Indeed, one of the strategic paradigms Company X had to view was the issue of the product life cycle when taking their "unit/skus" and lumping them into a single unit of foodstuffs and homewares. The classic model of a product life cycle has four basic stages: Introduction, Growth, Maturity, and Decline. These cylces may be mitigated by product extensions, etc. -- in the case of each of Company X's lines, there is a differentiated product cycle. However, as part of a strategic assesment, it is important to view the company's overall place in the market (red line). Too, Company X continues to reinvent itself, and with each cross culture opportunity, the cycle is repeated. In general, a product life cycle looks like this:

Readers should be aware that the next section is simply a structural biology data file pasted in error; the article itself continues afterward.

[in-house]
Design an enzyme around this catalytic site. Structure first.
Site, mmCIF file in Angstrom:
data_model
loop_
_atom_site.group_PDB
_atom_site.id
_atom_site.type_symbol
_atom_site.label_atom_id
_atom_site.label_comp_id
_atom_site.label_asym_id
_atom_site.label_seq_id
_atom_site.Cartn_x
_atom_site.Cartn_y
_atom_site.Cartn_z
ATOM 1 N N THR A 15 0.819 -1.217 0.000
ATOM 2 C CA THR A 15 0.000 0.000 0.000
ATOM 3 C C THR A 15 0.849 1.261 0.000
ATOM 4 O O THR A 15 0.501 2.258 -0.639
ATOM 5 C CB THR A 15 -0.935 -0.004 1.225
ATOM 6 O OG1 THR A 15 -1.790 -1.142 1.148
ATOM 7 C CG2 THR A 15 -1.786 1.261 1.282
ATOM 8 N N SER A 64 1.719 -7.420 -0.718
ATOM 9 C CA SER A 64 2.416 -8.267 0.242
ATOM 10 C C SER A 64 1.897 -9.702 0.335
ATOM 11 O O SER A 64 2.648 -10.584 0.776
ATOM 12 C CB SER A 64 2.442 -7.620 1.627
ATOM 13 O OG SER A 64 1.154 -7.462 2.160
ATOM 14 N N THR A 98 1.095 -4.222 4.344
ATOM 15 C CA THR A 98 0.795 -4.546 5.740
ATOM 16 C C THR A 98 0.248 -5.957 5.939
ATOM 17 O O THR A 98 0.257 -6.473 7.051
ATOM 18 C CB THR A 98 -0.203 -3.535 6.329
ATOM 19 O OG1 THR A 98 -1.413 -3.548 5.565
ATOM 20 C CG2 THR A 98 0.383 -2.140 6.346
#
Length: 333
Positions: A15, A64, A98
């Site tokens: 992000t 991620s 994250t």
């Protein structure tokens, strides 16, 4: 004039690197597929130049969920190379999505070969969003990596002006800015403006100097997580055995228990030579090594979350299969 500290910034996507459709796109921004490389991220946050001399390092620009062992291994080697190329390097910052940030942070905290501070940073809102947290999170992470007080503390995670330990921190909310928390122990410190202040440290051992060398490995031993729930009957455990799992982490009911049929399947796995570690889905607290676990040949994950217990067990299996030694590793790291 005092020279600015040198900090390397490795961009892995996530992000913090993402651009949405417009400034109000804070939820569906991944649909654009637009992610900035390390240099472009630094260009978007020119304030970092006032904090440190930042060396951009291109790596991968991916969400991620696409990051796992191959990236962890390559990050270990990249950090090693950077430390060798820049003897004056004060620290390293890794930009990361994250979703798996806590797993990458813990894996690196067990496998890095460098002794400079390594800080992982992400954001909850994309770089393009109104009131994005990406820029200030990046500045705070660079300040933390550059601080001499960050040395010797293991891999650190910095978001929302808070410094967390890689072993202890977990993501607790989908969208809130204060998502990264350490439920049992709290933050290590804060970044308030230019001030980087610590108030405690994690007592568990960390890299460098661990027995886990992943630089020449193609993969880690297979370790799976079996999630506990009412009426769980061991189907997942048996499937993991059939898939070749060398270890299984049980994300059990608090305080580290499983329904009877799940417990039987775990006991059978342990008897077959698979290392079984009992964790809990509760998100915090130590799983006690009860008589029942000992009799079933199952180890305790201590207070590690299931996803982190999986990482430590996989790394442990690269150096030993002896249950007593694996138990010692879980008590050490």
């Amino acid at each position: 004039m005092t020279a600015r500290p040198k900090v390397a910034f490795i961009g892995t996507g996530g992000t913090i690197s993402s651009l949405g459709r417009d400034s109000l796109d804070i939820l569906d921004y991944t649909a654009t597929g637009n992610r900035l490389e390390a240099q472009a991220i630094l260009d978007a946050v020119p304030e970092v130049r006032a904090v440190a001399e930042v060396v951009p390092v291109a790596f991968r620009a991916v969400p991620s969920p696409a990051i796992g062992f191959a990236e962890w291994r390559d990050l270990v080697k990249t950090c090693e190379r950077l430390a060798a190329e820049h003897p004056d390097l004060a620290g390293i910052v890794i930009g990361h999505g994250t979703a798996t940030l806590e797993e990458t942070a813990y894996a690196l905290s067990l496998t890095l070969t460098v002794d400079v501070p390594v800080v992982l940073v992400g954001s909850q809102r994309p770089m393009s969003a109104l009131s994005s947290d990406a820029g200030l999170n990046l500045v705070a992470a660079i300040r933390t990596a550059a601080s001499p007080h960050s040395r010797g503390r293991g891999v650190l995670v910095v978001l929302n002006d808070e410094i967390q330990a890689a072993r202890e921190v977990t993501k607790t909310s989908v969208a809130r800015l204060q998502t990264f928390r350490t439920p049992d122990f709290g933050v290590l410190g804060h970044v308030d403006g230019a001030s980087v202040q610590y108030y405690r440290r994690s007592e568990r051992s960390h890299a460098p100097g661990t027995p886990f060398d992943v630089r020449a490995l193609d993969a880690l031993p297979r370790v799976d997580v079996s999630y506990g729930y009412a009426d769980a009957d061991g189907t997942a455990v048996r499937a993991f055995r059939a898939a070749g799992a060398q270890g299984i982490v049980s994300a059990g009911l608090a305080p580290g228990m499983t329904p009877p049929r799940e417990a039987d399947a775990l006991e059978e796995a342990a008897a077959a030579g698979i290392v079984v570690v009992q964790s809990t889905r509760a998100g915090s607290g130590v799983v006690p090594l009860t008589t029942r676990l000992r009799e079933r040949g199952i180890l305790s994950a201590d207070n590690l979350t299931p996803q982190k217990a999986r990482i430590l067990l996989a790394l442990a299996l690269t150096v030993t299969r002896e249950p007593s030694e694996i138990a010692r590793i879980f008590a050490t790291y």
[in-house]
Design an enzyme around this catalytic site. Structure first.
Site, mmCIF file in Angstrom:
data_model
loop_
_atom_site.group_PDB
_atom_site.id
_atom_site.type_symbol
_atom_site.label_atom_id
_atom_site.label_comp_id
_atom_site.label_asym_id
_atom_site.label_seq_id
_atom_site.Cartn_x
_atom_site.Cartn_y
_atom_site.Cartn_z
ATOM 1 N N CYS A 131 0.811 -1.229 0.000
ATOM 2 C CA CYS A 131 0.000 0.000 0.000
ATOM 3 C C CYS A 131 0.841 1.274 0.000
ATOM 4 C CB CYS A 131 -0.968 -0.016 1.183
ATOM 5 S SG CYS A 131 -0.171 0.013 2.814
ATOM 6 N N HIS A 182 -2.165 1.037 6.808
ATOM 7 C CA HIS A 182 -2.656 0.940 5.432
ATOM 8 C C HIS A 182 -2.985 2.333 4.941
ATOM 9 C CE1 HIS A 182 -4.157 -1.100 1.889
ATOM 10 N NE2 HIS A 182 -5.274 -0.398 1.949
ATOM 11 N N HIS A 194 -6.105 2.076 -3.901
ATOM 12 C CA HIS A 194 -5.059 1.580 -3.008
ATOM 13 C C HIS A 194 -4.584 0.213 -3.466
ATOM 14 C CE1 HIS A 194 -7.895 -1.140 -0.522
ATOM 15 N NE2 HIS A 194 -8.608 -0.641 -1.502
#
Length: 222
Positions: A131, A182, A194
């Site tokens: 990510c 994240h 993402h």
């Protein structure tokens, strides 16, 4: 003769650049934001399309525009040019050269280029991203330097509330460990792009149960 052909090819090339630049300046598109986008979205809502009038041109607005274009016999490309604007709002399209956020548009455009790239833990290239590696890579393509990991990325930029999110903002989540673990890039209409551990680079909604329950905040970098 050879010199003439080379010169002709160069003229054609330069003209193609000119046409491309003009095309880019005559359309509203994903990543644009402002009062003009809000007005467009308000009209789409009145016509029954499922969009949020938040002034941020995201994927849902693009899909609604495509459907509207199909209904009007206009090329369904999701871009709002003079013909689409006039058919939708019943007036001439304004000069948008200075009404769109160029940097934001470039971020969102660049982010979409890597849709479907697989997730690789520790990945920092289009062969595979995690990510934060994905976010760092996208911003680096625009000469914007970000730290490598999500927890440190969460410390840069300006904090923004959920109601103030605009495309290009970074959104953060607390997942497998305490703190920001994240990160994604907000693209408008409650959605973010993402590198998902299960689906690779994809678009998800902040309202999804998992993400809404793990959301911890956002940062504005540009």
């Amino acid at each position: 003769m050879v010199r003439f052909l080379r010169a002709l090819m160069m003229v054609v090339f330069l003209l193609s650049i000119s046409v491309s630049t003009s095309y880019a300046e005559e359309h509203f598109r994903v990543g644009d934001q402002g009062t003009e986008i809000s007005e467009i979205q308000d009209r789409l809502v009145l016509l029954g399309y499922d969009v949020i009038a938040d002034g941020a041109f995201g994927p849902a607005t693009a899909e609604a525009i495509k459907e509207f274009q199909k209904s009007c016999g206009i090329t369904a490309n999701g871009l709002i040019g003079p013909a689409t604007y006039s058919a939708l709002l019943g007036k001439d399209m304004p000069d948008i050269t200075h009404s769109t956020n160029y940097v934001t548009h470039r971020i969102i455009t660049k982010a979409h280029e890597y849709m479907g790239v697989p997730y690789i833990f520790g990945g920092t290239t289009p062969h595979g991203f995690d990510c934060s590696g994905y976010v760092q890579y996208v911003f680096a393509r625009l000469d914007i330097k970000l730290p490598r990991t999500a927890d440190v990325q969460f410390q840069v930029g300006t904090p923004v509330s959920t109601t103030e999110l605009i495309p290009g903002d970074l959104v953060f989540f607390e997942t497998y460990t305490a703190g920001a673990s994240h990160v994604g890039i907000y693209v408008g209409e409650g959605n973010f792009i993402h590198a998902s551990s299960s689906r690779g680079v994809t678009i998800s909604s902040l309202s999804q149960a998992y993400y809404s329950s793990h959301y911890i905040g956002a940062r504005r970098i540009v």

Supply Chain management overview -- One of the topics of consideration regarding Company X's ability to perform well is their ability to use the appropriate level of supply chain management issues to interconnect their organization appropriately. Currently, Company X uses two modes of delivery -- a centralized warehouse in which food supplies are cleaned, packaged and delivered to the customer using an internal fleet and a direct from manufacturer to consumer delivered through UPS, FedEx, etc. On items that are not perishable or stocked in the warehouse. Using a strict supply chain model, we would find that right now the captive preordering of the clients (see arrow) allows for an easier purchasing model, only production that provides the service or readying the product for delivery, and then distribution. With 20 new locations, however, there may be a need to change the loop in differing ways so that the perishable product loss is minimized. The model for prediction will need to be based on several other factors besides current sales data, since the pattern of purchasing will change, and there will be greater opportunities for different types of purchases (e.g. impulse buys, emergency needs, longer-term planning for parties, etc., and even ancillary purchases based on display and sale items). Based on past data, however, tweaking and adopting a more rigorous supply chain model will both quantify...